Pluralism and history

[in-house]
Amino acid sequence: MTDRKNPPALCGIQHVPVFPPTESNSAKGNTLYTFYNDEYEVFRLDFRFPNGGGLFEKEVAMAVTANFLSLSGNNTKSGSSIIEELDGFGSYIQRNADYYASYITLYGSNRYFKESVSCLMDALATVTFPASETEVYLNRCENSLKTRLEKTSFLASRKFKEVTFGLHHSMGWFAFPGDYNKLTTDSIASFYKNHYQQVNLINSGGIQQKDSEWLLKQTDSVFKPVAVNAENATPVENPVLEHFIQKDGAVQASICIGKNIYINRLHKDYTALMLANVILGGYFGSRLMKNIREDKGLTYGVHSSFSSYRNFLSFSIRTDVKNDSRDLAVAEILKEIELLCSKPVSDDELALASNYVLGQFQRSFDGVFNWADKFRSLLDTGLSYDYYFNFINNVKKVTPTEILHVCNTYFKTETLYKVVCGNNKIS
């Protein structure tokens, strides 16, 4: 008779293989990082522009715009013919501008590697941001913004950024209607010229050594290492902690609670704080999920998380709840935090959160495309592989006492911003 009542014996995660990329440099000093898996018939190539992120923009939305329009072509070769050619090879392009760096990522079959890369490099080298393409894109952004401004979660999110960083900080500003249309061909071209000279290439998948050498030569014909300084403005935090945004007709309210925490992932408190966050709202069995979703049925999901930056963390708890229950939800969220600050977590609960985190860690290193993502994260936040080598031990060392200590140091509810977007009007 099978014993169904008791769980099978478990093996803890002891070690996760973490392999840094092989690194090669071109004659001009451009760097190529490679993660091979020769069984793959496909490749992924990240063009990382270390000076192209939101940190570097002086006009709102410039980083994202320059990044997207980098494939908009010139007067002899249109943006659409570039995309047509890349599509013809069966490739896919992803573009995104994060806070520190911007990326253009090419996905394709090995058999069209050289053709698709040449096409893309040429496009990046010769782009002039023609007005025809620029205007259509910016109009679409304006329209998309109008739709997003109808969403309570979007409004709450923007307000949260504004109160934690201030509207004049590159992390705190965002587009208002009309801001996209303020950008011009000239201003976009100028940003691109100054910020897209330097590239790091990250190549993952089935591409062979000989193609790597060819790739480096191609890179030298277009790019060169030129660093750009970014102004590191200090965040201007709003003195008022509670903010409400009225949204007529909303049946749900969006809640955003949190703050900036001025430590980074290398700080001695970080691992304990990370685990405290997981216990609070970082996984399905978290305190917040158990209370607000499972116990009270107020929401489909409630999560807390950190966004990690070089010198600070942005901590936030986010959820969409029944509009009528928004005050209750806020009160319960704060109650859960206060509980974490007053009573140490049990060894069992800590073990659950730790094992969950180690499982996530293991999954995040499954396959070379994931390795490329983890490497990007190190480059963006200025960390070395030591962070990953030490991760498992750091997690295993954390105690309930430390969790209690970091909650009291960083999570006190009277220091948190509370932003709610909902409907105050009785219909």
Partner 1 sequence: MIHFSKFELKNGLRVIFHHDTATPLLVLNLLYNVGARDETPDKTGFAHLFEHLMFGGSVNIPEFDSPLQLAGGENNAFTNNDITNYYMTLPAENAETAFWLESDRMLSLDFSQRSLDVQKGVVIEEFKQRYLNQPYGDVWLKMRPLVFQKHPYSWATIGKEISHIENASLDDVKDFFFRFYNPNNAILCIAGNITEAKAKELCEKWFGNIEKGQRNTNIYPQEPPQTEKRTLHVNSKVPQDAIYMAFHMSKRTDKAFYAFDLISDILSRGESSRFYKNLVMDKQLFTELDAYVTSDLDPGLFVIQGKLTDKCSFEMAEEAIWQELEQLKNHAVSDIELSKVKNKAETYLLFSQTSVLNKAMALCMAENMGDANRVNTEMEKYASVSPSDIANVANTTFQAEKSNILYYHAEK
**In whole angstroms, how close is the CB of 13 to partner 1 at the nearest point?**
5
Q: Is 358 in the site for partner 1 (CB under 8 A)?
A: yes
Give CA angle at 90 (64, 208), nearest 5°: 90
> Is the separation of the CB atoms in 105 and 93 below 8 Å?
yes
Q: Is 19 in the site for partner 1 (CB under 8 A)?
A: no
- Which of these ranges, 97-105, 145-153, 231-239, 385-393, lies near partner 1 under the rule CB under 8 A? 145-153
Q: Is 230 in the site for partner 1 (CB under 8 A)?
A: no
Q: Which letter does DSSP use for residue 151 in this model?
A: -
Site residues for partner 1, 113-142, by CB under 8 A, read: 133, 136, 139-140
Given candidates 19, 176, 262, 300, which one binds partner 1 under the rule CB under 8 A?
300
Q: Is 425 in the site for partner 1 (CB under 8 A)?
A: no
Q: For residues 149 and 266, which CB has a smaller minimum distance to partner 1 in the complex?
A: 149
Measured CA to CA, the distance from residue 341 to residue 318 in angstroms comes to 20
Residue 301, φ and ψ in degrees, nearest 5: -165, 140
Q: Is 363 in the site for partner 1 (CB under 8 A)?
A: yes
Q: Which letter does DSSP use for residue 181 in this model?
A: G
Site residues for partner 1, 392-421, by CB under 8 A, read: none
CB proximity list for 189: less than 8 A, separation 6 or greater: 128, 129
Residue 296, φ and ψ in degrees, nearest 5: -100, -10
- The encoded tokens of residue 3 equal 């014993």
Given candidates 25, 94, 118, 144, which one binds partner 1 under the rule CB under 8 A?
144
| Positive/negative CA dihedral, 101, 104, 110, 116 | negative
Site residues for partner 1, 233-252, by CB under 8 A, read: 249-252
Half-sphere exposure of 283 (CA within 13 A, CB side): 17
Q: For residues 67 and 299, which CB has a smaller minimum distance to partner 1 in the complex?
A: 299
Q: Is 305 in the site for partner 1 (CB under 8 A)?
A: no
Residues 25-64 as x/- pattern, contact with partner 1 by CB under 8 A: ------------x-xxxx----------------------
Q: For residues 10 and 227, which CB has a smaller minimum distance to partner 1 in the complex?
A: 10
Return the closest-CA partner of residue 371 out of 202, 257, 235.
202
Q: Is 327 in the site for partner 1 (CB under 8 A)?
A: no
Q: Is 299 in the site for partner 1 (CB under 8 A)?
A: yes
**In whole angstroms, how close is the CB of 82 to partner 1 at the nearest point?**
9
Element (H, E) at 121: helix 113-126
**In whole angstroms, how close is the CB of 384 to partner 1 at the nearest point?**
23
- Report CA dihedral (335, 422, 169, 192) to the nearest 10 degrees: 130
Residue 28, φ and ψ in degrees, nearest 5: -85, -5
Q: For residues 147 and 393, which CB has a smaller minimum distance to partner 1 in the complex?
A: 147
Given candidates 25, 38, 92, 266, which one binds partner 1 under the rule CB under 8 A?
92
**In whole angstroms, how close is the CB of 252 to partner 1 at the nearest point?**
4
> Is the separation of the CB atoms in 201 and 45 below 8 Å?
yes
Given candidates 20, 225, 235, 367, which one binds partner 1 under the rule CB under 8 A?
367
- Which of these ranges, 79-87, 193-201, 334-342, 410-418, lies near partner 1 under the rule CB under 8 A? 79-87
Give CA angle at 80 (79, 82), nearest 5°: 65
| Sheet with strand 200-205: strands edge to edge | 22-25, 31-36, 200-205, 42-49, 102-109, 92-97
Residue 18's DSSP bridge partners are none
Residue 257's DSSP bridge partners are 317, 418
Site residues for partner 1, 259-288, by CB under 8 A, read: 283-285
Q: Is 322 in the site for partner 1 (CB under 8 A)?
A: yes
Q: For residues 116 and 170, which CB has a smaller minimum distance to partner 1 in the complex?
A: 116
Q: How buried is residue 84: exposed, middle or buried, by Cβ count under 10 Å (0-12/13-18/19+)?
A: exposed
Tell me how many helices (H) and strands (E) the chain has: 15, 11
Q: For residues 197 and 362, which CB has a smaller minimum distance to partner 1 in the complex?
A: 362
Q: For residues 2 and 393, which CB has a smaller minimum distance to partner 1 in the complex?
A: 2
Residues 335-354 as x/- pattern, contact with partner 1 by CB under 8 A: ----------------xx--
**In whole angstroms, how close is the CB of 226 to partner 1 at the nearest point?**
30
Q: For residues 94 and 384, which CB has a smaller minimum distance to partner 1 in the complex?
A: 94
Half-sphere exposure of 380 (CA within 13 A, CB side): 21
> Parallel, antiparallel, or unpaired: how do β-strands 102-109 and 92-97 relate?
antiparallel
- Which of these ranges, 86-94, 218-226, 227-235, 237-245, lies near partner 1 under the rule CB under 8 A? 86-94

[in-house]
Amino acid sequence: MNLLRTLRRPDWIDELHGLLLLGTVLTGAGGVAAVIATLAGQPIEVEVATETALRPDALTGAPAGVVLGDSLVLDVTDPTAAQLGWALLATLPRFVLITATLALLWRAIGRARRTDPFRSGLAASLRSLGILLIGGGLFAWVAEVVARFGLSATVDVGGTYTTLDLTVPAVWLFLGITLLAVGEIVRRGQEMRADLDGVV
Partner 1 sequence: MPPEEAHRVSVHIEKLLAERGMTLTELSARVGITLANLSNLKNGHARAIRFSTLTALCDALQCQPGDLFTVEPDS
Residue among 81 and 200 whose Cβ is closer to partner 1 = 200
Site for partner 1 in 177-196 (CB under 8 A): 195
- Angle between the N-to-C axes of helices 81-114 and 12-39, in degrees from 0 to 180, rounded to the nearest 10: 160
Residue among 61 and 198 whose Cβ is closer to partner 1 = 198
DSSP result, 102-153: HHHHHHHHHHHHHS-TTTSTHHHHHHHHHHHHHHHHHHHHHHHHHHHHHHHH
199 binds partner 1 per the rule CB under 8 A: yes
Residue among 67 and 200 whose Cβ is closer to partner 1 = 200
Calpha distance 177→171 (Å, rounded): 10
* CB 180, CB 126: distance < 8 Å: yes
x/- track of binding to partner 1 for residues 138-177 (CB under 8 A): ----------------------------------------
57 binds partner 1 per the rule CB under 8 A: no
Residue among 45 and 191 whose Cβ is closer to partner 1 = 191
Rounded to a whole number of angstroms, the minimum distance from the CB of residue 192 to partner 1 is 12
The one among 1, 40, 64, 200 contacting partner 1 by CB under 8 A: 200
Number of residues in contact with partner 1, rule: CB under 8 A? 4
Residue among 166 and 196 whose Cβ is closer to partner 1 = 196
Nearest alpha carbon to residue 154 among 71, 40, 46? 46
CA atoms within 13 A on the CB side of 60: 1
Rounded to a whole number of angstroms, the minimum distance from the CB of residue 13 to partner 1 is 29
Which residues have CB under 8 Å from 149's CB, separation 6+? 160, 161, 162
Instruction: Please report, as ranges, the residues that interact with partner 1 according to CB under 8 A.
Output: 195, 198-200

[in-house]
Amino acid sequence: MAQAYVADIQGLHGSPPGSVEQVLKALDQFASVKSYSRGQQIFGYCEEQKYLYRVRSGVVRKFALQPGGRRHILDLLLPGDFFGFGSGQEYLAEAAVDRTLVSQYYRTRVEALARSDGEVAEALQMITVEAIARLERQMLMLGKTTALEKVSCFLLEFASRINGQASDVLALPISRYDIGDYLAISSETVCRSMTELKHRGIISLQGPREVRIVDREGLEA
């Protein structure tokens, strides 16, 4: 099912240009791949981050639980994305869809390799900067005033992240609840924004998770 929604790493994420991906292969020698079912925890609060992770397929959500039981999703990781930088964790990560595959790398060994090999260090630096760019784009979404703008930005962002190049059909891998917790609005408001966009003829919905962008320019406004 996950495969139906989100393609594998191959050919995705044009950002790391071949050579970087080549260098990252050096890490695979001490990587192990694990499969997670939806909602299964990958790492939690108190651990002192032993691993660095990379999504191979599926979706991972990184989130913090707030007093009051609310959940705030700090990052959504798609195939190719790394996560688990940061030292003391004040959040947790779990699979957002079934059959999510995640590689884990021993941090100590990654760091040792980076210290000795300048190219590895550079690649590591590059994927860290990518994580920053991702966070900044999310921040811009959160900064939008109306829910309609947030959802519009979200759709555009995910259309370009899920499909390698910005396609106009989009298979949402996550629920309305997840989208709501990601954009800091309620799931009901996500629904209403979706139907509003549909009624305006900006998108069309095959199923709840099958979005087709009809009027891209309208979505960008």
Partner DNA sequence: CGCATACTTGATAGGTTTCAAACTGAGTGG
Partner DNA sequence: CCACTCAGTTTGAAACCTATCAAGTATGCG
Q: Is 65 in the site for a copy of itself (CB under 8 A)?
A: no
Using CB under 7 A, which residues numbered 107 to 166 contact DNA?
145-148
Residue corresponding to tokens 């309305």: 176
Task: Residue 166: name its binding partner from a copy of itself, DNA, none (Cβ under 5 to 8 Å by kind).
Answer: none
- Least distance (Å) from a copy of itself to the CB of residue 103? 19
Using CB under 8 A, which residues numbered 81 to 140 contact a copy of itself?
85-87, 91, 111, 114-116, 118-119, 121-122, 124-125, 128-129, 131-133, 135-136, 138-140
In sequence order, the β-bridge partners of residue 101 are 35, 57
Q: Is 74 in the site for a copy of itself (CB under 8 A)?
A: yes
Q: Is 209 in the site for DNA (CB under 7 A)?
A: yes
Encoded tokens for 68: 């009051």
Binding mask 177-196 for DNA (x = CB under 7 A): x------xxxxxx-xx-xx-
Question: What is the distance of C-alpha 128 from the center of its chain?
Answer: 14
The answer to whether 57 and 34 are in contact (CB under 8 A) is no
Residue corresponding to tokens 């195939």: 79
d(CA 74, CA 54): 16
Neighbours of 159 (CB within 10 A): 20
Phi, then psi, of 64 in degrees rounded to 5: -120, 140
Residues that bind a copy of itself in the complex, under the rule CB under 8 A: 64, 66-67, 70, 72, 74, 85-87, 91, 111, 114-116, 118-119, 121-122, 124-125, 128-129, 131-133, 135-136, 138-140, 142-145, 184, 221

This chapter begins by considering the ways in which history and historical writing can be understood in pluralist terms. Drawing on the writings of Isaiah Berlin, it examines pluralism as it applies to whole cultures (cultural pluralism), as well as pluralism as it applies to historical methodology (methodological pluralism). It then places the historian Herodotus in his proper intellectual context, looking at links with his Ionian predecessors, the sophist Protagoras, and the tragedian Sophocles. Finally, the chapter touches upon the relationship between Herodotus and the other best‐known Classical Greek historian, Thucydides. The monism of the younger writer as it manifests itself in his scientific history and tendency toward reduction is analysed in detail.
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